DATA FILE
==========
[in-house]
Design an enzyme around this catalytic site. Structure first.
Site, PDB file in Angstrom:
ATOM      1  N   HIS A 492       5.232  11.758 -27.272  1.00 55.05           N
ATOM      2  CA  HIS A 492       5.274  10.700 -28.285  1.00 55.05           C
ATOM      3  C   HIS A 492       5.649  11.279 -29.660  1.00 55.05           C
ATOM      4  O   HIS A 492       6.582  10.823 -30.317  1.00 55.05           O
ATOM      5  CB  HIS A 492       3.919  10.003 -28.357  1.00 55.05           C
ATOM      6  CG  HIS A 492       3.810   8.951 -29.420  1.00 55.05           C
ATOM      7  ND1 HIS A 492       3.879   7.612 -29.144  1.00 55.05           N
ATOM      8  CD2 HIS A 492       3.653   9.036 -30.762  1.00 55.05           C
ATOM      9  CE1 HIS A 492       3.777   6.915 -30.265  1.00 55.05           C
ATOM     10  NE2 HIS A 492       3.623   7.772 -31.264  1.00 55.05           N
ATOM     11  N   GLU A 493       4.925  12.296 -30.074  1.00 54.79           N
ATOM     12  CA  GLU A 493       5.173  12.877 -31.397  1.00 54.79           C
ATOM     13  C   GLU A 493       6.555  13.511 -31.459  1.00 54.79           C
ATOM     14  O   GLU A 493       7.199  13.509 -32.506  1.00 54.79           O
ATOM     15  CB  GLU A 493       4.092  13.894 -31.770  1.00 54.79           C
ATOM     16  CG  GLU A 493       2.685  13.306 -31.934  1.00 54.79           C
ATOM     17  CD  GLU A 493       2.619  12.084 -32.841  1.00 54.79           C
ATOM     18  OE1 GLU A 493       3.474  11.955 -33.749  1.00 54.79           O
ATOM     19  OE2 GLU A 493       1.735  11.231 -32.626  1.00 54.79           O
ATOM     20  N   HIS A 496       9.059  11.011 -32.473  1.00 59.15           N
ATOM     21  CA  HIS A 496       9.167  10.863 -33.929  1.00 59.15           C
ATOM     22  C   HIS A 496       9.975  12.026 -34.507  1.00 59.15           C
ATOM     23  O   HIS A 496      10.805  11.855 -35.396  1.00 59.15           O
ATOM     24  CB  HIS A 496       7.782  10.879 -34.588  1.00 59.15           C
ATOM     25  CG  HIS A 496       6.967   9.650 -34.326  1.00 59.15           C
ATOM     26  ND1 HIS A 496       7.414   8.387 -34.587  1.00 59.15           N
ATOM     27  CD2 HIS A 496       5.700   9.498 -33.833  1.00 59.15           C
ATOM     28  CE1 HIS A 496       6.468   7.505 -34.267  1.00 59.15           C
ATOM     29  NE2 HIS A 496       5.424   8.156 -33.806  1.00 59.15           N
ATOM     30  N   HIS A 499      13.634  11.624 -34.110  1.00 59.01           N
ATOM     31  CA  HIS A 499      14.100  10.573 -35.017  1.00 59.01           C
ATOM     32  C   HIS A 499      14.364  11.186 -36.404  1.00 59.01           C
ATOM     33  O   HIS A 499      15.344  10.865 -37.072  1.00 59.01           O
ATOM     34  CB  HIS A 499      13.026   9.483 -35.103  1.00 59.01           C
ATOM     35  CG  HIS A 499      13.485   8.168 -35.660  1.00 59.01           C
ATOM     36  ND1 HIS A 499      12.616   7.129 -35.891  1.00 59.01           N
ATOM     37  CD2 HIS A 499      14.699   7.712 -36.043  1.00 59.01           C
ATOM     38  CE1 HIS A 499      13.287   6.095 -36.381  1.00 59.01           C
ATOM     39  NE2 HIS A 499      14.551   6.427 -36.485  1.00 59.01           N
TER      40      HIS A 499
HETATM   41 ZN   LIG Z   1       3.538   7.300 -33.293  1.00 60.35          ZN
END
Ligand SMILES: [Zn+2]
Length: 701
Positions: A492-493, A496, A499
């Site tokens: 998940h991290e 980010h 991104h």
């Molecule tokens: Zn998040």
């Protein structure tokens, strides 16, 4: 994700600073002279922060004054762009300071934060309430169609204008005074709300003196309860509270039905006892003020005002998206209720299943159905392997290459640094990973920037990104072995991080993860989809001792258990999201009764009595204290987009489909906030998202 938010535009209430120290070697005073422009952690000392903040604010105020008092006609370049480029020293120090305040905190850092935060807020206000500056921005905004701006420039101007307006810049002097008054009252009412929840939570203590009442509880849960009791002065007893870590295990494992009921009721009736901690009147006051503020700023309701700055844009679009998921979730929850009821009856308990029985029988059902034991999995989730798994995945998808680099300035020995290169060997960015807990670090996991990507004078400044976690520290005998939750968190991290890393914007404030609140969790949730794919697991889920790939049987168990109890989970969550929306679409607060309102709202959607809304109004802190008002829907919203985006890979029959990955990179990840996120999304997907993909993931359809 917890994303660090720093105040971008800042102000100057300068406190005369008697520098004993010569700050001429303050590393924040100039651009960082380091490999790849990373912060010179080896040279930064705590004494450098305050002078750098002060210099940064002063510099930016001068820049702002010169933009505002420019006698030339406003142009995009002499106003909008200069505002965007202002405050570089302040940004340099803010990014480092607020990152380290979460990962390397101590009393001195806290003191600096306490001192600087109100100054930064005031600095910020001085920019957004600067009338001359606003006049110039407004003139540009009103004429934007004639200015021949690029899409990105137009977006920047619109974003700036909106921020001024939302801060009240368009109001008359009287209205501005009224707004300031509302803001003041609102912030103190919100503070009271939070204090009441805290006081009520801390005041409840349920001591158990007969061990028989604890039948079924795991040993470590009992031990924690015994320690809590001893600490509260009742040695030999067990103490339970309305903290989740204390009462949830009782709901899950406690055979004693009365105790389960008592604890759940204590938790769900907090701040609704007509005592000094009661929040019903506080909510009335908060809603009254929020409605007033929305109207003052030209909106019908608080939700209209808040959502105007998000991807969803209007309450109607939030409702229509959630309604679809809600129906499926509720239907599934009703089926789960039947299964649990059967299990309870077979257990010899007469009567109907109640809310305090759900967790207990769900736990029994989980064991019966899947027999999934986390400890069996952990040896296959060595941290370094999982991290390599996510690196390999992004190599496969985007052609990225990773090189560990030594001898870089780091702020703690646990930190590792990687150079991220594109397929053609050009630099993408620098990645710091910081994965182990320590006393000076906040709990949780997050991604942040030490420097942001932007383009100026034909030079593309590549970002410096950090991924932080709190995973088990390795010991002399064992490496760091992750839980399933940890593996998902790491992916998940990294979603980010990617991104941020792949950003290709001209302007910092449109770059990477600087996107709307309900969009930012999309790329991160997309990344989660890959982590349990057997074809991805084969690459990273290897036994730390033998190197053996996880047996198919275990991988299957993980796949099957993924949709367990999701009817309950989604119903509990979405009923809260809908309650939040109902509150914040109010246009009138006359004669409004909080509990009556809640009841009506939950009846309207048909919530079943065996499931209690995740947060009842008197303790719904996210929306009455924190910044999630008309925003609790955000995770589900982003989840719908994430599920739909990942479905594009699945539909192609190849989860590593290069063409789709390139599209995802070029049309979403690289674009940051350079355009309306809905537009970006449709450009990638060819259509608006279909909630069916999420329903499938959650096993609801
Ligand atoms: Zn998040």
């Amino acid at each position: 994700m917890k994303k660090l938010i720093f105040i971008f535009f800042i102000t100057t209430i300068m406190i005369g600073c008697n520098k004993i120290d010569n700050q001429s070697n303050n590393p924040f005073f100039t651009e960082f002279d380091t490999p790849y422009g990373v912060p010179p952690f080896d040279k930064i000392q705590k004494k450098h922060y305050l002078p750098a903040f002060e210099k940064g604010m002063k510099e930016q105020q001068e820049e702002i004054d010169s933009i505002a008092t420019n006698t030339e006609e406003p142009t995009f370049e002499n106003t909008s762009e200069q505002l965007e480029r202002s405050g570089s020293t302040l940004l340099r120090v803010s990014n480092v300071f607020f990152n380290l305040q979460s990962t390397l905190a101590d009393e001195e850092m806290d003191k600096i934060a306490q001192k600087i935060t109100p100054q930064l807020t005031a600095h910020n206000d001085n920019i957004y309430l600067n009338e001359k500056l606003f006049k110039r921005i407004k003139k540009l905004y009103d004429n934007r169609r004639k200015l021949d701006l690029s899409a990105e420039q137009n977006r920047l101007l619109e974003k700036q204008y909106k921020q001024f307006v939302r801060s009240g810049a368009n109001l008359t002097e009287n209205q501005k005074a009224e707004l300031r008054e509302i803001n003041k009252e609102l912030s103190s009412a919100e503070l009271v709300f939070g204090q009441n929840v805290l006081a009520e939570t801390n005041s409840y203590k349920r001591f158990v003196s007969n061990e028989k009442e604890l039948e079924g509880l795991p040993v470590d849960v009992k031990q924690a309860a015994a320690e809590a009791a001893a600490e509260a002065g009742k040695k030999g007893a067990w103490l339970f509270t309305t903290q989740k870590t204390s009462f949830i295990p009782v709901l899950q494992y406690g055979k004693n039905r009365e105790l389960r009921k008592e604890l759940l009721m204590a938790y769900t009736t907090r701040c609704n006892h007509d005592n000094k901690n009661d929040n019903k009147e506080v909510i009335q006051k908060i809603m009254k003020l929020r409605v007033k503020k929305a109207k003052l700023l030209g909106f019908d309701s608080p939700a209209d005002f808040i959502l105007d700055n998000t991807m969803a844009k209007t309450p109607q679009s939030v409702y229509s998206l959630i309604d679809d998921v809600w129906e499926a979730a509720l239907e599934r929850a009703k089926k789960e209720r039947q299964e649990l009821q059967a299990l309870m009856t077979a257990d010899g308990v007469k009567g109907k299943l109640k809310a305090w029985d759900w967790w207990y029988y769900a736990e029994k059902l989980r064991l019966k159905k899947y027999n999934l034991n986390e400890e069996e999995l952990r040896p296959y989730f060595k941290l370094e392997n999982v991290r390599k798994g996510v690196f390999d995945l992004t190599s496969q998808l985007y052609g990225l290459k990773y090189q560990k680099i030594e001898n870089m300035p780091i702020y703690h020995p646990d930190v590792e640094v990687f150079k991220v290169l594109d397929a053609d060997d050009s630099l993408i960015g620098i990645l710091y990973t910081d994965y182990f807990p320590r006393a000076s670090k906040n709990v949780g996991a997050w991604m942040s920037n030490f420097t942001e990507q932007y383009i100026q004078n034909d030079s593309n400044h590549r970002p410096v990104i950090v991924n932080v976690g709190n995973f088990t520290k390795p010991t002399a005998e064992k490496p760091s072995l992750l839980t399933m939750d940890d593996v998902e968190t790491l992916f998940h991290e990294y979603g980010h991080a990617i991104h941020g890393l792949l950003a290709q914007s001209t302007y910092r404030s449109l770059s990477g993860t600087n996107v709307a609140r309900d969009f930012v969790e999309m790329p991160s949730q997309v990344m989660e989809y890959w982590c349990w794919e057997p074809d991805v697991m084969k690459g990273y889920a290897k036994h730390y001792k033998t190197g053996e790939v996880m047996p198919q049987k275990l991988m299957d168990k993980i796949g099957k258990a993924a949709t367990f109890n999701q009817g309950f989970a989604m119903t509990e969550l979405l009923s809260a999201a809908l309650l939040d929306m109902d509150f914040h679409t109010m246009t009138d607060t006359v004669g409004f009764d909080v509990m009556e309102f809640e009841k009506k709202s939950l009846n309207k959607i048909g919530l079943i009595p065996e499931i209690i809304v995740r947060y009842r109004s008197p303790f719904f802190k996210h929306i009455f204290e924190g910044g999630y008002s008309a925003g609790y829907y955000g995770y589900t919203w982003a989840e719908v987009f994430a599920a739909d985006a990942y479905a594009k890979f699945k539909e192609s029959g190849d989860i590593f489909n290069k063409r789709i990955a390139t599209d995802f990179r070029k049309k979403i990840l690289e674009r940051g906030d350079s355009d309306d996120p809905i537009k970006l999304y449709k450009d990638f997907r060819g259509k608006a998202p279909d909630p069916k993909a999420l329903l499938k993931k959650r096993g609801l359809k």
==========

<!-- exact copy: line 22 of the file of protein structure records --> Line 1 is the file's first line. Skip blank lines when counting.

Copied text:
ATOM     19  OE2 GLU A 493       1.735  11.231 -32.626  1.00 54.79           O